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Senior Airman Nadirah McKnight highlights the mission of the 21st Medical Support Squadron pharmacy section at Peterson Space Force Base, Colorado, in September, explaining the new MHS GENESIS Patient Portal. In its third phase of development, the future Virtual Education Center will be integrated into the Patient Portal,

BETHESDA, Md. — The Defense Health Agency is prototyping a new Virtual Education Center to provide Military Health System patients with a slate of personalized, vetted, and timely medical information to address questions that inevitably arise between appointments.

Health care providers will be able to quickly send case-specific medical information to patients via email or text message. It is an option medical experts say is better and more reliable than seeking information from the internet that may not always be accurate or appropriate for an individual patient’s situation.

“One of our goals is to eventually marry this vetted information through the VEC with the emerging rollout of the MHS GENESIS Patient Portal, part of the Department of Defense’s new electronic medical record system,” Lt. Col. (Dr.) Maria Molina, chief of the Medical Modernization and Simulation Division, Education and Training Directorate, at the DHA headquarters in Falls Church, Virginia, said.

Molina credited Lt. Gen. (Dr.) Ronald Place, DHA Director, for drawing attention to the importance of health literacy and the relative lack of organized information for patients, stating, “Lt. Gen. Place raised these concerns in the spring of 2020 and DHA launched new research on patient health care education across the MHS, which concluded in December and confirmed that there was indeed a gap.”

“When a patient sees me, I often need to search in multiple places to gather take-home information related to their condition, which is inefficient and a poor use of the limited time I have with my patients,” Molina, who is an obstetrician-gynecologist and works one day a week at nearby Fort Belvoir Community Hospital, said.

“But, currently, there is no easy, consolidated way for me to give them vetted patient education,” she elaborated.

Molina collaborated with the Program Manager for Medical Simulation & Training, part of DHA’s Component Acquisition Executive, to translate the Education & Training Directorate needs into a solution. A contract to build the VEC prototype was awarded in September.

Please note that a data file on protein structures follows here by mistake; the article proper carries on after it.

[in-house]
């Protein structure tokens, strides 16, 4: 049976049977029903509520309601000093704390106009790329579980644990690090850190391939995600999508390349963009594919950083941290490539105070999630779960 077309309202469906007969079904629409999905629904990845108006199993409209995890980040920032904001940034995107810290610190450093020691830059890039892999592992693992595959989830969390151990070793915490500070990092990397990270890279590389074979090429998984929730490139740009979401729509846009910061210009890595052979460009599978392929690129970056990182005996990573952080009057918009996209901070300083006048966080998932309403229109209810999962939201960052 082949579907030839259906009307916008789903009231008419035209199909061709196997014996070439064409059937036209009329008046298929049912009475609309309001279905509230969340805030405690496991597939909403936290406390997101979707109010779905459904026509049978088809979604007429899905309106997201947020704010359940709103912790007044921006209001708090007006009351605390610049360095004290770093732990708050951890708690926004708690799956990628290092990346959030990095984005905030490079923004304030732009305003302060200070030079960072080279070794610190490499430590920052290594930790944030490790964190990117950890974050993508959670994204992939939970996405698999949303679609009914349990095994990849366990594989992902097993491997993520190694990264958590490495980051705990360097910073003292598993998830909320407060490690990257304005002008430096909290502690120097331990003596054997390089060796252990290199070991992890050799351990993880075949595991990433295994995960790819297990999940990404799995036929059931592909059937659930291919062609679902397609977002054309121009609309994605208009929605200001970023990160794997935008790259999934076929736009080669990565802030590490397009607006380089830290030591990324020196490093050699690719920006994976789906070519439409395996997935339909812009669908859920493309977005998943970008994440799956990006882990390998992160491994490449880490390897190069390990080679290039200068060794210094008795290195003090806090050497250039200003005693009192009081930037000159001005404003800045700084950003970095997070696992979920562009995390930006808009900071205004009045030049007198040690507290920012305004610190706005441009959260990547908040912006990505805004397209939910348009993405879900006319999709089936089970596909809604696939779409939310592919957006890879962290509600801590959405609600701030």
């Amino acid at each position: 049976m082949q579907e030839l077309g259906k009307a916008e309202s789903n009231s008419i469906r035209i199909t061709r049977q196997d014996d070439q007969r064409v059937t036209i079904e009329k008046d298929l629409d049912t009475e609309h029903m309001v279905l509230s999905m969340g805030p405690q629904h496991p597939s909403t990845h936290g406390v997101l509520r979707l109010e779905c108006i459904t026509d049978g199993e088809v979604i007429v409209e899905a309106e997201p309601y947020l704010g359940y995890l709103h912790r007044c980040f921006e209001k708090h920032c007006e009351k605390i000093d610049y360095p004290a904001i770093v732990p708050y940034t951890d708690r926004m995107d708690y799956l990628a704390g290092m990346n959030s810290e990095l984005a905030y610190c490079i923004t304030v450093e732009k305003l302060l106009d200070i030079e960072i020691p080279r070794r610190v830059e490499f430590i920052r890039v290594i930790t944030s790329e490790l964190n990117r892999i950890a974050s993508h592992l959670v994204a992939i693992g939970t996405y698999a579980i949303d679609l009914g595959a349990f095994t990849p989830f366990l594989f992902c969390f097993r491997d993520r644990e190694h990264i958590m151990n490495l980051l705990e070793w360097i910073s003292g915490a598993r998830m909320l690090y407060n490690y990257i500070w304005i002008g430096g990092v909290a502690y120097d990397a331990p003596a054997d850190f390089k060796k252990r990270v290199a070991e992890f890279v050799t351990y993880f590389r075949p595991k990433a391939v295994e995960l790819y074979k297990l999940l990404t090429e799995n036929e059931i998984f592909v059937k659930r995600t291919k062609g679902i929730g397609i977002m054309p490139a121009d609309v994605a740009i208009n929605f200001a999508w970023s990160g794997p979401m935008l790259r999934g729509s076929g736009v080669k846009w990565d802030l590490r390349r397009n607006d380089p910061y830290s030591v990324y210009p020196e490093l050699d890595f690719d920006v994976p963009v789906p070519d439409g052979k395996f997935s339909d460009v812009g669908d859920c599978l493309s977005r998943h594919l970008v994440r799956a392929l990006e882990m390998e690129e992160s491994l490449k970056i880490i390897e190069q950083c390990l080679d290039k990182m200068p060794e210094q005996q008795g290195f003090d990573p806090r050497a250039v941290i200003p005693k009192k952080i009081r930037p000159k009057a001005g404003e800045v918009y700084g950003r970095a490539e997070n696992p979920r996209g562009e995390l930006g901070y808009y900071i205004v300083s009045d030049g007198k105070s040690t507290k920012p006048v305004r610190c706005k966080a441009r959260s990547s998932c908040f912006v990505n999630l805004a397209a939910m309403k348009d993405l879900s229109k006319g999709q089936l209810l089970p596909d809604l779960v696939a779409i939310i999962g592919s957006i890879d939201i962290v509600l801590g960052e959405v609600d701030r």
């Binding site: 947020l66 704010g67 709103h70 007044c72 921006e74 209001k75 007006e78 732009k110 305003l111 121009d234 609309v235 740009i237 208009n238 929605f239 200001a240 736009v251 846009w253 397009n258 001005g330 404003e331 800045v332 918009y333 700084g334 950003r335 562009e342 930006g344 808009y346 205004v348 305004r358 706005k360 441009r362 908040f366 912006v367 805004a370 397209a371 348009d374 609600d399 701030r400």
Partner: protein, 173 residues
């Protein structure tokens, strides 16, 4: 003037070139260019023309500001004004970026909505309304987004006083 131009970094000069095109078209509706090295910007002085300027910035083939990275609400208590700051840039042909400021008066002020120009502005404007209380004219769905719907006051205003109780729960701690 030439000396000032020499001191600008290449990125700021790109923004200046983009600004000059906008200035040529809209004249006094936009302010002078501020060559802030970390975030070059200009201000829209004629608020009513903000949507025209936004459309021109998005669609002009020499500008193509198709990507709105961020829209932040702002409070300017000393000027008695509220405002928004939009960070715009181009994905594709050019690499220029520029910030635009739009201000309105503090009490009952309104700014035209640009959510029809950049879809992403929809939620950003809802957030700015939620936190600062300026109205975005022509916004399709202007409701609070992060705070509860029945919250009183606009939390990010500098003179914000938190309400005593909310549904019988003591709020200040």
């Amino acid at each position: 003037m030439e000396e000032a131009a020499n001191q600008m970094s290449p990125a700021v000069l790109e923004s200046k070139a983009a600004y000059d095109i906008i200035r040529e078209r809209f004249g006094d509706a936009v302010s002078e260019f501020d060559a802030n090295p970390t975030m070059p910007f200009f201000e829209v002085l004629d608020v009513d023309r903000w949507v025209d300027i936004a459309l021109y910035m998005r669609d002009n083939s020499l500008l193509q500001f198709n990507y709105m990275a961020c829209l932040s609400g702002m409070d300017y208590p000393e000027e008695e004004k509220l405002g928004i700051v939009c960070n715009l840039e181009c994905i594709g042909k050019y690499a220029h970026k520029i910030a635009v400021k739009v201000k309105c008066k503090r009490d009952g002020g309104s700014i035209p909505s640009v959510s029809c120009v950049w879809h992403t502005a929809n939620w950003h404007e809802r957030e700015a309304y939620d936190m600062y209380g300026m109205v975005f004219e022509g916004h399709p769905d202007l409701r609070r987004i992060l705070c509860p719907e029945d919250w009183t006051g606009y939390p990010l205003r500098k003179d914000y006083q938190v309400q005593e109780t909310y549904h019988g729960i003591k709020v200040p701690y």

The VEC project aligns with DHA’s “Ready Reliable Care” framework and the agency’s goal of “satisfied patients.”

“We have a vendor who has developed this capability on the commercial side and it is an incredible product,” Brett Lord, assistant program manager for PM MST, headquartered in Orlando, Florida, said.

With a customizable dashboard, providers can establish folders, “search all content, and save [an article] as a favorite to be stored in that folder to review at a later time,” Lord said.

Molina said the project is currently in the prototype development phase. The next step will be a pilot program at several military hospitals, followed by a rollout of the service to the entire MHS enterprise expected to occur in 2023. That is where the plan to partner with MHS GENESIS will come into play.

In the future, the VEC aims to integrate a screen tab within MHS GENESIS for patient education. Providers will be able to simply click to send vetted information via email or text to the patient. The message will urge the patient to read the information and the provider will be able to see whether the patient has viewed the article.

“From a workload perspective, we did not want the doctor to have to switch systems to prescribe content,” Lord said.

Molina said this method is “absolutely” preferable to patients doing their own research online because the information patients find could be unreliable or inaccurate. VEC sources will be validated by DHA.

Other clinical information will also come through the system, minimizing the possibility of, for example, losing a piece of paper handed to a patient on the way out the door. Patients will have their own customizable dashboard so they can search the entire site.

The VEC will be a “new source of truth” and a “rich virtual experience” for both patients and providers, according to the vendor. There will even be voluntary “quizlets” so patients can prepare for doctor visits, so doctors can see ahead of time whether patients have read and understood the material.

The new system will also have the capability to push out emergency information quickly.

A commercial version of the system is already in use at some civilian hospitals.

“I am very excited,” Molina said, “It could have a huge impact not only on patient satisfaction, but provider satisfaction as well. Providers want to give their patients the best care possible while also being efficient and able to manage their time.”